Meshell, of Young Americans for Liberty, claimed her organization has actually seen a greater interest in the group’s mission since the early days of the pandemic.

“A lot of our students immediately started reaching out to us and saying, ‘Hey, my school is shutting down, I have this time on my hands, how can I get involved?’” Meshell said. “And I do think that that comes from the political conversation that we’re having right now about civil liberties and about things like mask mandates and like quarantine, where students feel strongly about these issues one way or the other.”

Since declaring his run for president five years ago, Trump has developed an unexpected and fervent fan base on college campuses.

Though young voters are overwhelmingly Democrat — back in April, the Harvard Institute of Politics found that Joe Biden had a 23-point lead on Trump among voters between the age of 18 and 29 — Trump has a millennial following that’s more loyal than those of past Republican presidential candidates. In 2016, a Tufts University survey found that although Trump won just 37 percent of the millennial vote, 32 percent of those voters said that they were enthusiastic about his candidacy, far exceeding the 18 percent of the Hillary Clinton voters who registered excitement about their candidate.

Since then, conservative activist groups have proliferated on college campuses across the country, diminishing the standing of traditional groups like the College Republicans. Turning Point USA has become the most notable of those groups, bringing high-profile MAGA speakers such as Donald Trump Jr. to college campuses, and its affiliated group, Students for Trump, was tapped to hold Trump’s second mega-rally after the pandemic lockdowns started in March.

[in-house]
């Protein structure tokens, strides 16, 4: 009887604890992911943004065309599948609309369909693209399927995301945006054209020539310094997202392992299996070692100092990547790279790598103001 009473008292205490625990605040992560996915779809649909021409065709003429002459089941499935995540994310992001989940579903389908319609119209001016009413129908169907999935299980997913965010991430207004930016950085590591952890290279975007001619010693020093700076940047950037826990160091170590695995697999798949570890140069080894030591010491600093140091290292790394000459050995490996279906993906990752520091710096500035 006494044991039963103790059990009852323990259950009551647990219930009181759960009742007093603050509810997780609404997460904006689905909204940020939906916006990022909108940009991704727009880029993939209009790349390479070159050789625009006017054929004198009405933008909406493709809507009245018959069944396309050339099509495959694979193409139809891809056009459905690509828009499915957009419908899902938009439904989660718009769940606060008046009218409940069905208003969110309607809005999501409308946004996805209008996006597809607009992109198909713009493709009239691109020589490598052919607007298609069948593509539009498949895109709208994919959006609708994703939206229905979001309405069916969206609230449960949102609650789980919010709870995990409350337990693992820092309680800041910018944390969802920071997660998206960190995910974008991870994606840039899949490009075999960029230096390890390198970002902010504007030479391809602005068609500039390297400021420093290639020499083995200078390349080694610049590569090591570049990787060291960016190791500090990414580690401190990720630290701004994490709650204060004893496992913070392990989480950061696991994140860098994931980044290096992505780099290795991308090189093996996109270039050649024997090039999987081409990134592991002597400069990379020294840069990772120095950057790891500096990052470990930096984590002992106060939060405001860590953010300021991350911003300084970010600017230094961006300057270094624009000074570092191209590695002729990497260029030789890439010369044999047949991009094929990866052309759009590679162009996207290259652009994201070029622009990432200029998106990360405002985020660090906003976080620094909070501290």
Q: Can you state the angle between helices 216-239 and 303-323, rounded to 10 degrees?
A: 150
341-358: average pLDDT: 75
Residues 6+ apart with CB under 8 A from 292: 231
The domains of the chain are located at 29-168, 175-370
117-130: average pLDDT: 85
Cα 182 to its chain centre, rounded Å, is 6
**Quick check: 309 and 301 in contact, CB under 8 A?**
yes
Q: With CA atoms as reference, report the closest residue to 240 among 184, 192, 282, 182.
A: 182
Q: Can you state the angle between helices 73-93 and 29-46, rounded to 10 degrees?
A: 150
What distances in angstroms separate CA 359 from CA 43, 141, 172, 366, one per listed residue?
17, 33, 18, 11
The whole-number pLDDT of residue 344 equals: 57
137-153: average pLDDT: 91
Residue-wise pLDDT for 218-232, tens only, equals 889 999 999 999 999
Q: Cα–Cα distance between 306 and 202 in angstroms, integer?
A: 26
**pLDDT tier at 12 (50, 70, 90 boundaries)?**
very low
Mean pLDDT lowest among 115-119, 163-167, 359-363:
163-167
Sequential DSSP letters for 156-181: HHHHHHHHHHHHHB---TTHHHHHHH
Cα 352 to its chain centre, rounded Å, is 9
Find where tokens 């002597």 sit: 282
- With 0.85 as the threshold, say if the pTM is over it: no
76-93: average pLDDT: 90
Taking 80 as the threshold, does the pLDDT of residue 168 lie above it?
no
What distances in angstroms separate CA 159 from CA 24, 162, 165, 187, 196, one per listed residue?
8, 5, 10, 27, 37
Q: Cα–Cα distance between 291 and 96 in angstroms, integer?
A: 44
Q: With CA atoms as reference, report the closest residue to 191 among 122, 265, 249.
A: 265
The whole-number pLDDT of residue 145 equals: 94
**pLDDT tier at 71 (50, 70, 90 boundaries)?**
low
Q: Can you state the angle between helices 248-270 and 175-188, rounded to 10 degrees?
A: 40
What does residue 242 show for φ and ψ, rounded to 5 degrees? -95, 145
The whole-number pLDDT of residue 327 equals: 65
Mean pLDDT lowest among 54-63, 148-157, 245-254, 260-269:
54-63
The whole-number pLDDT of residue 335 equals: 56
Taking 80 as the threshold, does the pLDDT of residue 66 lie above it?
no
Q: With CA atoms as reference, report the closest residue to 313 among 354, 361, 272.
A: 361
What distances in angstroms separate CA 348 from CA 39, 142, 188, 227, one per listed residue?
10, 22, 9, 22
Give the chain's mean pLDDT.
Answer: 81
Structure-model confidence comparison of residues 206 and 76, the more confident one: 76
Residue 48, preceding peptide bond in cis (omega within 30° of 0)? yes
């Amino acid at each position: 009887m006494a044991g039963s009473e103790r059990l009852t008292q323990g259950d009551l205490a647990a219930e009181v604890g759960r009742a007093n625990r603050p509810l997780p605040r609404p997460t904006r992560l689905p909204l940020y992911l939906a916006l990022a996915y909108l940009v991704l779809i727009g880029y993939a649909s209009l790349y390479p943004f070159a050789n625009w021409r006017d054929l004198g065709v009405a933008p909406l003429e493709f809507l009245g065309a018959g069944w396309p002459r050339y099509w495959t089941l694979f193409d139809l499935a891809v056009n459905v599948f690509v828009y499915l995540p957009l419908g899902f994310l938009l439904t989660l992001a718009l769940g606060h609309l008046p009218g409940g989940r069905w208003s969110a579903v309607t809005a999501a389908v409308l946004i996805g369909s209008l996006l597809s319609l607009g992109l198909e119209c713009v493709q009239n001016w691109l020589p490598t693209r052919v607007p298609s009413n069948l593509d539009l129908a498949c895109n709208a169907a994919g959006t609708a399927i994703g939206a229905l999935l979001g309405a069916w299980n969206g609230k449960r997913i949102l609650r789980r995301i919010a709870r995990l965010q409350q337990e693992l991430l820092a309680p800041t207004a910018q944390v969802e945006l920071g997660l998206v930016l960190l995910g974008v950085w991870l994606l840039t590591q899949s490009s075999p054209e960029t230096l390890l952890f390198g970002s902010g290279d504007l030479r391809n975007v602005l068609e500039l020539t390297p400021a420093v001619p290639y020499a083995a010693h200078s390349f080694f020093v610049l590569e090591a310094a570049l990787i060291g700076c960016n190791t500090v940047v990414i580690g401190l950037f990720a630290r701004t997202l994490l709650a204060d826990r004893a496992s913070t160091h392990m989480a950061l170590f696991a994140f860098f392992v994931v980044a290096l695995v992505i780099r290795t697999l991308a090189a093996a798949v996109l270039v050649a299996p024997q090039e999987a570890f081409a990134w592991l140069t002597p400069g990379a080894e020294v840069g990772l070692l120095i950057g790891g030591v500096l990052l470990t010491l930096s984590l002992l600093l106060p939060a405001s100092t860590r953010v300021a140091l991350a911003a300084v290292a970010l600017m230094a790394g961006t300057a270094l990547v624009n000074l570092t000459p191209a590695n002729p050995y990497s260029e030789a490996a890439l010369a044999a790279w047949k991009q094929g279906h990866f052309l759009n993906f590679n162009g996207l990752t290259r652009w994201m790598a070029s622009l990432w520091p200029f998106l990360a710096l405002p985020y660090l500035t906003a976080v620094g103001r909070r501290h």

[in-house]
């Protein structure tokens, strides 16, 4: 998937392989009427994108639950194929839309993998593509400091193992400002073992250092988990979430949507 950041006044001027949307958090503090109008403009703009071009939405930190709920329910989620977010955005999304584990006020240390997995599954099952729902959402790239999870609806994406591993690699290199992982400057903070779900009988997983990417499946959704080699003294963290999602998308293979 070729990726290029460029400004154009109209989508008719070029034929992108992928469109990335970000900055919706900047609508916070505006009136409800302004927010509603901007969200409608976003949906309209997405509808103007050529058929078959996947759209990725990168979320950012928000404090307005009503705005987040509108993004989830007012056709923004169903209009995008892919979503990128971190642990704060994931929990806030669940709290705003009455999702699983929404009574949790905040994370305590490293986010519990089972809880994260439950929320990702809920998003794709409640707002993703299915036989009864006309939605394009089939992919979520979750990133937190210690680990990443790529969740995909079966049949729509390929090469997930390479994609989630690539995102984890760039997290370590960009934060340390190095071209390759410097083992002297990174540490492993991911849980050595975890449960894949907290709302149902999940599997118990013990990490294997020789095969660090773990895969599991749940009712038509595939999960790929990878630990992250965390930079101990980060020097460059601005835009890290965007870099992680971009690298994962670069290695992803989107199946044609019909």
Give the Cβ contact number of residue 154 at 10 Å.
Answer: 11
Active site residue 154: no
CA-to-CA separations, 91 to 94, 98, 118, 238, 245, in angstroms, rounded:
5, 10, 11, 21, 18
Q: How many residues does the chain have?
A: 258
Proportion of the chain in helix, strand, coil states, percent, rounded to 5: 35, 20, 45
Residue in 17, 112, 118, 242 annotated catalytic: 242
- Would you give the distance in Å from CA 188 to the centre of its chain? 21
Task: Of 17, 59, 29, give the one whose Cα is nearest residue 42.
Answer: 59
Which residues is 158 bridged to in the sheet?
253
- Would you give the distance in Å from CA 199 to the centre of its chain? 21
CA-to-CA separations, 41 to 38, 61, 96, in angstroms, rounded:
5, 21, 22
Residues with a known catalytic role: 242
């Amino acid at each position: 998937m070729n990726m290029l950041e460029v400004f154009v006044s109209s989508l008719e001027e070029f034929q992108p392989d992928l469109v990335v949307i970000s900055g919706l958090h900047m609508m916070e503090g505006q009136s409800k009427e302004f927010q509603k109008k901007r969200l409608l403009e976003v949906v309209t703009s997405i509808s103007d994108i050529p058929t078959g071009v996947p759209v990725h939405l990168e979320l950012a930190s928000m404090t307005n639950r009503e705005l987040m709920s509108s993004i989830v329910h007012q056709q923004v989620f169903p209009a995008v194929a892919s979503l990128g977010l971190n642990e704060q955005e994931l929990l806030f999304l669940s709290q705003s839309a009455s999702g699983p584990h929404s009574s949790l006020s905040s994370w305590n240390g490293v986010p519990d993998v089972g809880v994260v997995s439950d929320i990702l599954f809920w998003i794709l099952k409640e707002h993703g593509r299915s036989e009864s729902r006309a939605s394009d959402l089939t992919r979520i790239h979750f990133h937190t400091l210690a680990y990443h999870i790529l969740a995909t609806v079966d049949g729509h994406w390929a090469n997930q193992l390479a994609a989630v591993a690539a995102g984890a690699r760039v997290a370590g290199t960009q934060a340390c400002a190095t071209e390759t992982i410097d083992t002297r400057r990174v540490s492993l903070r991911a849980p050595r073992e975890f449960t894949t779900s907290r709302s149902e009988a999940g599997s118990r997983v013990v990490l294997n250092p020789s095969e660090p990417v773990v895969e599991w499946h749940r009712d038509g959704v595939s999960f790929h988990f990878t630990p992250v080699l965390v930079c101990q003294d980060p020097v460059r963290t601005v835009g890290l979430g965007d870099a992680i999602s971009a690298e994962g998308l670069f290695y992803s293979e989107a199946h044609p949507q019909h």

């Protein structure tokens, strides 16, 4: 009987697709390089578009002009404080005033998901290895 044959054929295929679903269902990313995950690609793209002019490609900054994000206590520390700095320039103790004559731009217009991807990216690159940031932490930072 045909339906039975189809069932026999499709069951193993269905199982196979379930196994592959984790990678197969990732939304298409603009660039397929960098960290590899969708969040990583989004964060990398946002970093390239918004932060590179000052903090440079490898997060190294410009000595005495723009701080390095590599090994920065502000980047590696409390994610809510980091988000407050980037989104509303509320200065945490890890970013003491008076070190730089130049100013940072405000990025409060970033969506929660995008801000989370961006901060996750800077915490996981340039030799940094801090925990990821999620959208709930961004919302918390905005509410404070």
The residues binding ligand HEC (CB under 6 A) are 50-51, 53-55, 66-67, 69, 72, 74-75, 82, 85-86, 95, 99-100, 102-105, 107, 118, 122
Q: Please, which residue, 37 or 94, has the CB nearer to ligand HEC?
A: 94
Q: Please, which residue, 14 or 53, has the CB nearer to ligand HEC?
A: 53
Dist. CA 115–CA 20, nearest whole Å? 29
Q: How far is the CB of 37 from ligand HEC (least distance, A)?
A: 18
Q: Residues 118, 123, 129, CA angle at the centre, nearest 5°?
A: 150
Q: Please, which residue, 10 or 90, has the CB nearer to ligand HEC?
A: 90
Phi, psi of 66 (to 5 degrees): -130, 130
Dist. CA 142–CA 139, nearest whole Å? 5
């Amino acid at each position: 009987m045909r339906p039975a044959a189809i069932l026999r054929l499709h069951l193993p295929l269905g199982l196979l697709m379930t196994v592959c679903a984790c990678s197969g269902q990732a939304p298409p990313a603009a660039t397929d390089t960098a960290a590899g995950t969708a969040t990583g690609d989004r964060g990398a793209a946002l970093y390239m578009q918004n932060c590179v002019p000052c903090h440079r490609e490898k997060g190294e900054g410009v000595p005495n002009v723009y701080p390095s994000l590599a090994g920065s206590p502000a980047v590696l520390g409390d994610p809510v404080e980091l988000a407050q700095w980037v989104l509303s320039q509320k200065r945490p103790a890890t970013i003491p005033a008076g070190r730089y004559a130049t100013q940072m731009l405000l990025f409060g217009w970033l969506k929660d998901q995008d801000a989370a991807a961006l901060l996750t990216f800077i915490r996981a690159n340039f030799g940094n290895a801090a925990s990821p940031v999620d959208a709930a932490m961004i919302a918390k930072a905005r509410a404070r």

But those MAGA speaker series, which have been drawing sizable crowds throughout Trump’s presidency, are not an option during a pandemic-altered election year. The Young America’s Foundation, for instance, can’t fly in conservative pundit Ben Shapiro, one of the foundation’s most popular speakers, to speak to a packed college auditorium. Instead, local chapters are searching for people within driving distance.

“Speaker safety is something that we’ve had to worry about for a lot, a lot longer than just Covid times where people have, you know, tried to assault our speakers and throw things at them and everything else,” said YAF’s Brown. “So thankfully, we have a pretty good plan for that.”

Groups are also considering gathering an audience to a speaker beamed in over Zoom, the default pandemic conferencing app.

“The students on that campus can still experience [an] in-person event, but the guests might be remote just via Zoom and take questions that way,” Bryan Bernys, the Leadership Institute’s vice president of campus programs.

The Leadership Institute has similarly transitioned its activist lecture events to Zoom conferencing. In addition to the normal slate of seminars, the group has also integrated programs and events teaching how to hold socially-distanced events during the pandemic.

The biggest obstacle, however, might not have anything to do with social distancing — but how to keep students engaged in activism, or even in the local chapters, when they’re studying from home. Across the country, many students are opting to take time off school to wait out the pandemic, and conservative students aren’t immune.

“That does have an impact on your activist base and cultivating relationships,” said Bowyer, of Students for Trump. “If the bodies that were there one semester aren’t the same ones that come back the next semester, it’s like kind of retraining and reorganizing.”

The situation for every conservative activist group, from local chapter to nationwide organization based out of Northern Virginia, remains fluid. But Brown argued that such a situation appeals to conservative ideology.

“I think it’s one of those things that actually kind of fits into what we would be [doing when] advancing ideas on campus, which is this idea that a universal plan is not going to work well for everybody,” said Brown. “We obviously as conservatives prefer smaller units of decision making and more localized control.”